Sunday, March 31, 2013

What were those rabbits doing? And other interesting tidbits from the natural world.

A couple of evenings ago I was staring through our front picture window, as I often do, watching the birds and critters, when I saw something I’d never seen before. A cottontail rabbit was lying stretched out on its stomach in a shallow depression the length of its body. It was unmoving, and though it occasionally opened its eyes, its ears were down, and I thought it must be sick or dying.

details_rabbit(Photo courtesy of azgfd)

Another rabbit crouched next to the one that was stretched out. It seemed to be licking the face of the one lying down. It licked the right side of the face, then the nose-end, then the left side. Then it circled to the back, and licked the back part of the seemingly sick rabbit. I wondered if I were witnessing some kind of bunny funeral ritual. But then, something happened—a hawk or other predator must have appeared, because the rabbit that was stretched out suddenly opened its eyes, straightened its ears, and sat up. Suddenly it, the other rabbit, and one I hadn’t seen before took off running for the neighbor’s yard.

I have since done some reading, and believe that the stretched-out rabbit may have been a female, and that she was being groomed by a male interested in sex. But who knows? If anyone reading this has witnessed this behavior and knows what it means, please let us know in the comments.

This morning I looked out at the yard just as the sun was rising, and saw a pair of javelinas crossing the yard. Though they are big and rather awkward looking, it was amazing to see how delicately they walked on their relatively tiny hooves.

urban_javelinaPhoto from azgfd

Despite their appearance, by the way, javelinas are not closely related to pigs, which come from the Old World. Javelinas, which originated in South America, resemble their European cousins through convergent evolution.  

Finally, something else I had never previously seen: a friend and I went birding yesterday at a nearby artificial wetlands. The air was thick with the mating cries of red-winged blackbirds, which could be seen in every bush and tree. While trying to attract a mate, these beautiful males actually erect the red feather patches on their wings!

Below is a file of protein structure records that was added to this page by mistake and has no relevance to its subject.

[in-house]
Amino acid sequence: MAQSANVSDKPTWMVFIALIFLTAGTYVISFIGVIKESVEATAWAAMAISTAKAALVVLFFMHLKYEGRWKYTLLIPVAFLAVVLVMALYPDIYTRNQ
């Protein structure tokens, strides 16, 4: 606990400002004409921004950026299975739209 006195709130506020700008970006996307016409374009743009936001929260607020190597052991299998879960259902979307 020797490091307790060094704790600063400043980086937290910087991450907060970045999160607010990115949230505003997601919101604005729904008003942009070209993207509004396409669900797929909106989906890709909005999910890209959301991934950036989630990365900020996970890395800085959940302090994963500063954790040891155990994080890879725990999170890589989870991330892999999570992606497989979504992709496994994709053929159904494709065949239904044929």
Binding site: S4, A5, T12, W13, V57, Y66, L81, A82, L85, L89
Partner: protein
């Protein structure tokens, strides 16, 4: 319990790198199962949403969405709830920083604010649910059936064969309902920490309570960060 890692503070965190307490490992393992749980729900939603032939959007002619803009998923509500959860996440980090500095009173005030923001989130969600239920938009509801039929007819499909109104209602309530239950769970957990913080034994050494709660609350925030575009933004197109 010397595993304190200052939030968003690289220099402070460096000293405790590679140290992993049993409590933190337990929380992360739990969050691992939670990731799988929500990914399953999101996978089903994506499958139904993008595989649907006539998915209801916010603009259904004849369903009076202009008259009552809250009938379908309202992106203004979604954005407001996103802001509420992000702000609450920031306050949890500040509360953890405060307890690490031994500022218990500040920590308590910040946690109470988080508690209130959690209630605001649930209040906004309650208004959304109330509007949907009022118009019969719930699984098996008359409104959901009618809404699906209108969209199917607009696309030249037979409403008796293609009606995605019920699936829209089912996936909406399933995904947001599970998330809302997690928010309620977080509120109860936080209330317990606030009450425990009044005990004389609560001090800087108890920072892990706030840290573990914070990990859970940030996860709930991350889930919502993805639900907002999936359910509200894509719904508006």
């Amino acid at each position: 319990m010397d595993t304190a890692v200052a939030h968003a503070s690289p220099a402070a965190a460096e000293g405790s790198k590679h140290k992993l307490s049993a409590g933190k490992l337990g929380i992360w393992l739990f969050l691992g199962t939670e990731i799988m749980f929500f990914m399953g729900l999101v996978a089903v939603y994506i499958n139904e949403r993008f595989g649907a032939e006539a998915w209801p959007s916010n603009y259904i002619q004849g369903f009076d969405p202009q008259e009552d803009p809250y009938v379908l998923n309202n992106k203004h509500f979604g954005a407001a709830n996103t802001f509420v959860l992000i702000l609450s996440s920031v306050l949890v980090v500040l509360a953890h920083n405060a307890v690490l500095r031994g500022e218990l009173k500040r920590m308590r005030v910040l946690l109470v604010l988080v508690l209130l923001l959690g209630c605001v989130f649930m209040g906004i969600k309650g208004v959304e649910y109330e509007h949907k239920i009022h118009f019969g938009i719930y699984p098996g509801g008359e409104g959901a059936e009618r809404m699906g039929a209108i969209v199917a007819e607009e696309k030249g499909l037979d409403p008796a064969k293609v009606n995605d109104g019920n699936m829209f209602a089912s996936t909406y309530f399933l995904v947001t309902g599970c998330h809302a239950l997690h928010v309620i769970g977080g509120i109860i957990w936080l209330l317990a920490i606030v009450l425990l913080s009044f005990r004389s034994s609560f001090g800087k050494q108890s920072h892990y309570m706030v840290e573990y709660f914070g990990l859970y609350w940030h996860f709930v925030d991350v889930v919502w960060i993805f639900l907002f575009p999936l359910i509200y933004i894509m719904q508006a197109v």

Red-winged blackbird display 3-30-2013 8-40-38 AM 3616x2712Red-winged blackbird display 2 3-30-2013 8-40-41 AM 1059x1545I don’t know about you, but if I were a female blackbird, I would definitely be interested!

Monday, March 18, 2013

My first day of Spring

I have had to be away from Tohono Chul Park for nine days. In my absence, spring arrived. The flowers are flowering, and the birds are nesting. The desert tortoises have emerged from their dens.  It is beautiful and thrilling. Best of all, the first white-winged dove of the year  arrived today, though I did not get a photo.

PenstemonMystery penstemon 3-18-2013 8-44-53 AM 1789x847

Mexican honeysuckle                                   Texas Mountain Laurel

Mexican honeysuckle 3-18-2013 8-31-50 AM 1660x1338             TX Mountain Laurel 3-18-2013 8-50-28 AM 2437x1652

Bluebells and gold poppies in the Cactus CircleBluebells and Gold poppies in the cactus circle 3-18-2013 8-34-10 AM 3616x2212

Desert Tortoise                                            Cooper’s Hawk Nest

Desert Tortoise 3-18-2013 8-39-40 AM 2580x2148             2013 hawk nest 3-18-2013 8-54-59 AM 3375x2666Genius MODO 2013 3-18-2013 8-51-28 AM 2057x2693

Mourning dove nest in a yucca, and, below, a verdin building a nest

Verdin working on a nest


Friday, March 01, 2013

A thrilling bird concert

Curve-billed Thrashers and Northern Mockingbirds are two of my favorite birds. They are actually closely related—both members of the bird family Mimidae. Their bodies are nearly identical, but the slightly-smaller mockingbird is grey, white, and black, while the thrasher is mostly grayish brown. Mockingbirds have yellow eyes and a short straight beak, while the thrasher’s eyes are orange and its bill  long and distinctly curved. Both birds eat insects, seeds, and berries, though the thrasher is more of a desert dweller than the mockingbird, which is often found in urban environments.

Mockers new backyard 007          CU curve-billed thrasher 11-12-2012 12-22-40 PM 497x855

Mockingbird                                    Curve-billed thrasher (Sue Feyrer)

Both birds excel at singing. Nearly everyone has heard the beautiful, ever-changing trills of a mockingbird in the spring, but not everyone knows that thrashers can sing nearly as well. The thrasher’s ordinary call is a piercing upside-down wolf whistle (whit-WHEET!), but their song is beautiful and very melodious.

This morning at Tohono Chul Park I heard beautiful birdsong on one of the desert trails. As I approached, a mockingbird flew into a tree above me, but it was not singing. I followed its gaze to see this beautiful thrasher singing its heart out.

Curve-billed thrasher singing on a saguaro